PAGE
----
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Don't let a Hurricane spoil your Caribbean holiday


Arguably the best time to visit the Caribbean is during the months June thru October. Unfortunately this time coincides with the Caribbean hurricane season during which on average eight hurricanes form each year. This has never kept me from booking a resort in the Caribbean, on the contrary, this is the time to find some of the best travel deals!  more...


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Arguably the best time to visit the Caribbean is during the months June thru October. Unfortunately this time coincides with the Caribbean hurricane season during which on average eight hurricanes form each year. This has never kept me from booking a resort in the Caribbean, on the contrary, this is the time to find some of the best travel deals!

Booking a last minute vacation during hurricane season makes a lot of sense. You will not only save a lot of cash but also will be able to monitor general weather conditions up until a week before departure.

To minimize the risk a Hurricane does spoil your Caribbean holiday and your financial investment, I suggest you plan your vacation carefully. Something to keep in mind is that although the hurricane season officially starts June 1 and ends Nov. 30, seventy percent of hurricanes form between August and October. Hurricanes are not evenly distributed across the Caribbean either. Aruba, Bonaire, Curacao, Trinidad, Tobago, Grenada and Barbados hardly ever are being affected by a devastating storm while the region around the Bahamas has the most frequent occurrence of hurricanes.

While the changes your Caribbean island of choice suffers a direct hit are slim, it is a good idea to research the frequency with which your vacation destination has been in the path of a hurricane over the last 20 years or so. If you're going to a resort, ask what the management will do to keep guests safe in case a hurricane comes your way.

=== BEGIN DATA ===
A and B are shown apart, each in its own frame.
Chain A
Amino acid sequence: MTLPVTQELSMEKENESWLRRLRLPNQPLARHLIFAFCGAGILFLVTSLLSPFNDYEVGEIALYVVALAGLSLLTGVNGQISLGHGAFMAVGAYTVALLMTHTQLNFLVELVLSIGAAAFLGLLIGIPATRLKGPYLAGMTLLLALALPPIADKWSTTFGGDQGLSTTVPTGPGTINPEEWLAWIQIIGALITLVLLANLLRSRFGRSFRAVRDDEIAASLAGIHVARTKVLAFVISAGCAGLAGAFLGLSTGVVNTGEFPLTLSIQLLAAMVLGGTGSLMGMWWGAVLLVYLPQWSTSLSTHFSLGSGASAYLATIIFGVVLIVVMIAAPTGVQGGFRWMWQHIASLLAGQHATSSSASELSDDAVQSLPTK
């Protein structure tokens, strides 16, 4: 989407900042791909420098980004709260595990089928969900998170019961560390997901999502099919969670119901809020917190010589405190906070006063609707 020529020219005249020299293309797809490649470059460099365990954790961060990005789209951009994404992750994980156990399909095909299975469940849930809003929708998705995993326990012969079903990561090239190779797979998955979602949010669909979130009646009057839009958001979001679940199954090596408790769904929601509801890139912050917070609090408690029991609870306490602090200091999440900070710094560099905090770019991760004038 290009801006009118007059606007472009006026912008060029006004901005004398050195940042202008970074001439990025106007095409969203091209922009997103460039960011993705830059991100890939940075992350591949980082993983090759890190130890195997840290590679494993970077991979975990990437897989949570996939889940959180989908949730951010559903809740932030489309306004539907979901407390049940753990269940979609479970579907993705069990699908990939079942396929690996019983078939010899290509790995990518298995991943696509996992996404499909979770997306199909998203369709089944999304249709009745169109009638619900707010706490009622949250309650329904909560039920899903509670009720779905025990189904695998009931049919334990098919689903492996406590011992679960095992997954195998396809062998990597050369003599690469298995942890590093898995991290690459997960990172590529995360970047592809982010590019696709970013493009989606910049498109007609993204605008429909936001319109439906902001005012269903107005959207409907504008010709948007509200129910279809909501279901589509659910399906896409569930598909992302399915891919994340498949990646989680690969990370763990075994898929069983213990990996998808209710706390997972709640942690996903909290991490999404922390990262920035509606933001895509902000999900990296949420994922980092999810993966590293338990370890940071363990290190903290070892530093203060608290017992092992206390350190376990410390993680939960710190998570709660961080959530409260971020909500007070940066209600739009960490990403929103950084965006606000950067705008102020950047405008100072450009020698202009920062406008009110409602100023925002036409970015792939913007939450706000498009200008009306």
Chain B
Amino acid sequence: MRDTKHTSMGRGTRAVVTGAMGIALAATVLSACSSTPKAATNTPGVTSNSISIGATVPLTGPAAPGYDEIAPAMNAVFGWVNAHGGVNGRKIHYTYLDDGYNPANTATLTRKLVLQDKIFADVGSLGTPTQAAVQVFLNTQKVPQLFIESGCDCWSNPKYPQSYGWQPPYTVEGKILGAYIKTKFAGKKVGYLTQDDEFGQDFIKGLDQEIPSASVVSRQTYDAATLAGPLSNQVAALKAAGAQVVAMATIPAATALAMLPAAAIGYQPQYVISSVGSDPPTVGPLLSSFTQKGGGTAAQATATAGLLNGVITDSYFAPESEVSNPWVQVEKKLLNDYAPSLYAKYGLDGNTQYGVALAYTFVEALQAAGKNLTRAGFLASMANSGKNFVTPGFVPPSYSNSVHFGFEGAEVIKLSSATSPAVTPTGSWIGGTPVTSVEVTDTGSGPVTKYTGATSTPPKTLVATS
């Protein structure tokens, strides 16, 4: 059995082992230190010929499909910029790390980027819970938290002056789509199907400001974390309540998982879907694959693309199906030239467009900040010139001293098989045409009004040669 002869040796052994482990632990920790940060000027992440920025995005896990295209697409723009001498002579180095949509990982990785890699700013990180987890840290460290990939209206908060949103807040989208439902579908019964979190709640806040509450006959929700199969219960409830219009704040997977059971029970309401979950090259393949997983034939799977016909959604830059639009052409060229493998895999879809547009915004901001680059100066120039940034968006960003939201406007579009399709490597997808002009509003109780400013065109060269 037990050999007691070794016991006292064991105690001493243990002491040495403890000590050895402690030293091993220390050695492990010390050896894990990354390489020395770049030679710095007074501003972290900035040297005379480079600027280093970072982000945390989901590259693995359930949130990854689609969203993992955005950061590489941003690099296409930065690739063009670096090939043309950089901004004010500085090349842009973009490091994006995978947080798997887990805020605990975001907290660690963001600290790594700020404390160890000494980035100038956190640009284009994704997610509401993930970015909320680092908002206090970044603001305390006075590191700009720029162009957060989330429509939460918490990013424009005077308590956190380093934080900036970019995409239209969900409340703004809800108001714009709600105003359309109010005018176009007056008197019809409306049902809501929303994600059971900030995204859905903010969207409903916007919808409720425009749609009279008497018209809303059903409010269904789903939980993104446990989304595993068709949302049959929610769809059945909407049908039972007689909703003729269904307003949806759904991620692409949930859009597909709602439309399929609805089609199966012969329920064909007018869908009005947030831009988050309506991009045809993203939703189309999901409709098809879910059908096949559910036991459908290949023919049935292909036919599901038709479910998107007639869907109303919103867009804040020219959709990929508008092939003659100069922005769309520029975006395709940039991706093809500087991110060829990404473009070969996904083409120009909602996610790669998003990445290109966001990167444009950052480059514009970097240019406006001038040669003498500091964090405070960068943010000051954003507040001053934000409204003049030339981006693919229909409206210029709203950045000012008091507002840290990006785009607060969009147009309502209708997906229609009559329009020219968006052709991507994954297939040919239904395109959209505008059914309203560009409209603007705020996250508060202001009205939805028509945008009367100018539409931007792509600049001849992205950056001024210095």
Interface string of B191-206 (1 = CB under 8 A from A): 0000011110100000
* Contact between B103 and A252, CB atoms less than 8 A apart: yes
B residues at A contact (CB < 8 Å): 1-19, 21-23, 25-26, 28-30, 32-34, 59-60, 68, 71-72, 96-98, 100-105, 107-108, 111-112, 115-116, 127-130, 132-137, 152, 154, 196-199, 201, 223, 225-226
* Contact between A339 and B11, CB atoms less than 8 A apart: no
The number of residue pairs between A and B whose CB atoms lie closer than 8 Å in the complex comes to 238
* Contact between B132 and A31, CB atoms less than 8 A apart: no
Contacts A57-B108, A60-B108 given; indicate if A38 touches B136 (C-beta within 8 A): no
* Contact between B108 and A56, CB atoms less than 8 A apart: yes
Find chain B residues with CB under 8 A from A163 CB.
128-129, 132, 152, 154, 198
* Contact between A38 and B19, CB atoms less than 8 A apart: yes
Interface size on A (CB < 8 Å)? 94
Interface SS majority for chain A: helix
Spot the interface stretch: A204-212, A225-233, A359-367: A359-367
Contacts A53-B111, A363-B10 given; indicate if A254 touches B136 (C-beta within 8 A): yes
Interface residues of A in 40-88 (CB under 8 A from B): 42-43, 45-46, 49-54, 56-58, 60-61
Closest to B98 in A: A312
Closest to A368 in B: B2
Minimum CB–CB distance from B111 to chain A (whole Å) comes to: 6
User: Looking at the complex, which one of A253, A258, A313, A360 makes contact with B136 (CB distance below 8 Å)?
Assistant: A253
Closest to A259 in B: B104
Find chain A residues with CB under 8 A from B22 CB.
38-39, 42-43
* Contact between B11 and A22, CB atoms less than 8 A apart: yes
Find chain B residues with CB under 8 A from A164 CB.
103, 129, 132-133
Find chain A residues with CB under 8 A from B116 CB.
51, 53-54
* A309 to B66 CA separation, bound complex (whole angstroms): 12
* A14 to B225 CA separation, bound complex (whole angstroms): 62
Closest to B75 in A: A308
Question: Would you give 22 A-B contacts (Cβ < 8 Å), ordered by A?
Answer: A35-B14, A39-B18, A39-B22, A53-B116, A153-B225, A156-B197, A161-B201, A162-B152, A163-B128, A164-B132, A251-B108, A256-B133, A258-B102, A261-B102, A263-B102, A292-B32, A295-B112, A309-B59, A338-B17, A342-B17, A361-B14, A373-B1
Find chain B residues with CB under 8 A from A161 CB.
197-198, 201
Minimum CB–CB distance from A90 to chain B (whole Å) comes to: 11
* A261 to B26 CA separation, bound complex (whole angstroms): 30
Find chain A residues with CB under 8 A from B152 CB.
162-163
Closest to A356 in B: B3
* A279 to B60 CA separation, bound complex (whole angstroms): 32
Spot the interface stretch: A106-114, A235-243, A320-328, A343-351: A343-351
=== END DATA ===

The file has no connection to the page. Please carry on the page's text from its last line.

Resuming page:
Various large resorts and resort chains have come up with a “hurricane guarantee,” offering you your money back for the days lost to bad weather or offering you free days during a later stay. Airline companies often waive their fees for rescheduling a flight due to weather related circumstances and many travel-package companies offer weather protection. In all these cases make sure you read the fine print and the disclaimers before you’ll pay in order to avoid disappointments. Using a credit card for your purchase can be helpful when filing a claim for services or goods that you have not received.

Regardless what your travel company, airline or resort may offer you, it is a good idea to look into a weather insurance policy. I suggest you do this at the time of booking because, as you can imagine, insurance companies won’t sell insurance policies when a storm is looming. Rule of the thumb is that once a storm is named, you won’t be able to buy insurance.

While being stuck on an island will generally mean that you have to stick out the storm, a cruise ship can outrun them. No major cruise ship has ever been destroyed by a storm with passengers aboard. A Caribbean cruise is a safe and affordable alternative to an island visit although you might encounter more rain showers and rough waters. Cruise liners always have a plan B just in case weather inhibits the ship to sail into a scheduled port.

When you happen to get caught in a severe weather situation such as a hurricane, you just should make the most of the situation. Especially when you travel with kids, it is important that you have a family plan in place. Bring for example some favorite games and plenty of music and books with you. Only if you feel your world ends when your vacation doesn’t work out as planned, you should refrain from planning a trip to the Caribbean during this summer and autumn. When staying at a resort it is very unlikely that a hurricane will cause harm to you or the ones you are travelling with. You might have to stay in a hurricane proof shelter, eat some cold food or have to deal with the fact you won’t be able to call home. What you get in return is an unbelievable story to tell and, when insured, a change of trying your “weather” luck again.

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